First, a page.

My students need to know a series of Famous Americans and what they are known for.
I created famous American picture cards and most important point cards.  Using a piece of yarn for a time line, my students practiced matching the person with the important facts.






Placing the cards in chronological order helps them link people of the same time period.

 
This became great daily practice for in school and at home.
 
 
 
They started asking me to time them to see how quickly they could get the cards arranged.

 


I put into practice another engagement "hook" from Teach Like a Pirate by David Burgess.  His suggestion is to use props whenever possible.  Lucky for me our school library has a set of famous American dolls that we can check out.  My students loved these and I used them for review and for encouraging good behavior.  Students loved "hosting" a Famous American at their desk for the day. 
The catch was that these Famous Americans only wanted to visit students who were respectful, responsible and productive. 
 




We must remember that although we expect a lot from our third graders they are still kids and
 KIDS JUST WANTA HAVE FUN!
 
Check out my TPT page for resources to help you teach biographies, famous Americans, character traits and time lines.
 
 
 

 

Wednesday, April 3, 2013

Famous American Paper Bag Book Materials and Printables


 
Wise words from Abraham Lincoln!
This quote reminds me of a man who used to be a sign holder along a busy road nearby.  He was one of those guys who was hired to hold an advertisement sign in an attempt to get people to come to a particular store. He used to make me smile because of the way he took his job so seriously.  He would dance and wave that sign like his life depended on it and I'm sure people did stop just because of him. He did his sign holding job with such passion and enthusiasm and people just loved him for it.  He got so much attention that a local newspaper ran an article on him.  He no longer holds that sign and I'm guessing some other employer grabbed him up and he's working for someone else now. I'm sure he is good at that too.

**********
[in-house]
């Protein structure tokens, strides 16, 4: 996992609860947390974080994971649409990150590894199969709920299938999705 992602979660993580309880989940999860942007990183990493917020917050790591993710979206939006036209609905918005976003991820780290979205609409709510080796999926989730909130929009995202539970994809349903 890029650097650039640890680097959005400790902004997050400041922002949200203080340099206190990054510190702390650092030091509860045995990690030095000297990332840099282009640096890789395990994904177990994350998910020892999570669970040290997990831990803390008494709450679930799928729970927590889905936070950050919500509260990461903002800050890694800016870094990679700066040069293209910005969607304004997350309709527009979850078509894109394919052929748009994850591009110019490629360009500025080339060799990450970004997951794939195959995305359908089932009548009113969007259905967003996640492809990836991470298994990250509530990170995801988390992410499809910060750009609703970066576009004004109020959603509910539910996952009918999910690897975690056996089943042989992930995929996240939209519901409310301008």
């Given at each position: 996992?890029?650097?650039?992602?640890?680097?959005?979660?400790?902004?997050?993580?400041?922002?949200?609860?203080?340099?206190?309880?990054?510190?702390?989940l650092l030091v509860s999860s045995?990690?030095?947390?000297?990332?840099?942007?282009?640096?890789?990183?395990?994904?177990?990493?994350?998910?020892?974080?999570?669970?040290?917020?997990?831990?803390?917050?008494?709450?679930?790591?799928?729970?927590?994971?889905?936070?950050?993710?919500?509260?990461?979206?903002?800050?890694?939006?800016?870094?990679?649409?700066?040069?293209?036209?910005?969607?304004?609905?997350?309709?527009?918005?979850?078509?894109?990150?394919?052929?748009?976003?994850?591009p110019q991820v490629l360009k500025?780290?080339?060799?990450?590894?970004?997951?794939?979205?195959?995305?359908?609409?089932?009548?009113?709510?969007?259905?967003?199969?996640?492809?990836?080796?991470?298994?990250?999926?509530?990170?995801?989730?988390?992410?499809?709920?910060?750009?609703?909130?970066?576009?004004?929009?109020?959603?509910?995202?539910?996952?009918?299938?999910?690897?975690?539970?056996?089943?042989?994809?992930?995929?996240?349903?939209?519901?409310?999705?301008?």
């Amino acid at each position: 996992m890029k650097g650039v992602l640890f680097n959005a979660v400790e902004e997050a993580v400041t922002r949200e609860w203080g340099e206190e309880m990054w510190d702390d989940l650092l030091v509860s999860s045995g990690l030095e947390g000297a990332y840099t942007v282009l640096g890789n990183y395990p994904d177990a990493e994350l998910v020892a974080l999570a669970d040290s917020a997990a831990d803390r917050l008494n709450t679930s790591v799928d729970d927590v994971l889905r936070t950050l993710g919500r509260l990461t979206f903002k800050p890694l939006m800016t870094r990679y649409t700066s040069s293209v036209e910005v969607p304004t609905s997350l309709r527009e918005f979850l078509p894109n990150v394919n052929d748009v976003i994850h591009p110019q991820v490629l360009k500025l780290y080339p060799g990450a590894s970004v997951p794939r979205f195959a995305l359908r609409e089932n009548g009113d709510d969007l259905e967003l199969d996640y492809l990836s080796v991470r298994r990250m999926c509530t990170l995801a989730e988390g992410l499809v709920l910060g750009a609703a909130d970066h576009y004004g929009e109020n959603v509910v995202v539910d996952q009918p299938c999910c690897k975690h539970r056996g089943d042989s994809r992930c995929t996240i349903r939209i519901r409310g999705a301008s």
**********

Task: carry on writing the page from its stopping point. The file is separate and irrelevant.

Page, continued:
How about you? Are you still passionate about teaching?  Here is what David Burgess says about passion in his book,  Teach Like a Pirate:
 
 
 
Light yourself on fire with passion and don't worry if it is not a controlled burn.
David Burgess
 
Hah...I love this quote and happy to hear him say it. I've been called "emotionally intense" before and at times I do allow my feelings to take over.
Check out his book if you are looking to regain your passion for teaching. I know that it has helped me.
 
Now onto classroom stuff!
 
We recently studied Lincoln's life as we worked on a biography and famous American unit.
As always, we were faced with too much to teach in too little of a time period.  I planned cross curricular just to get it all in.
I will be back later this week to share how I worked a reading unit on biographies and character traits into my social studies time.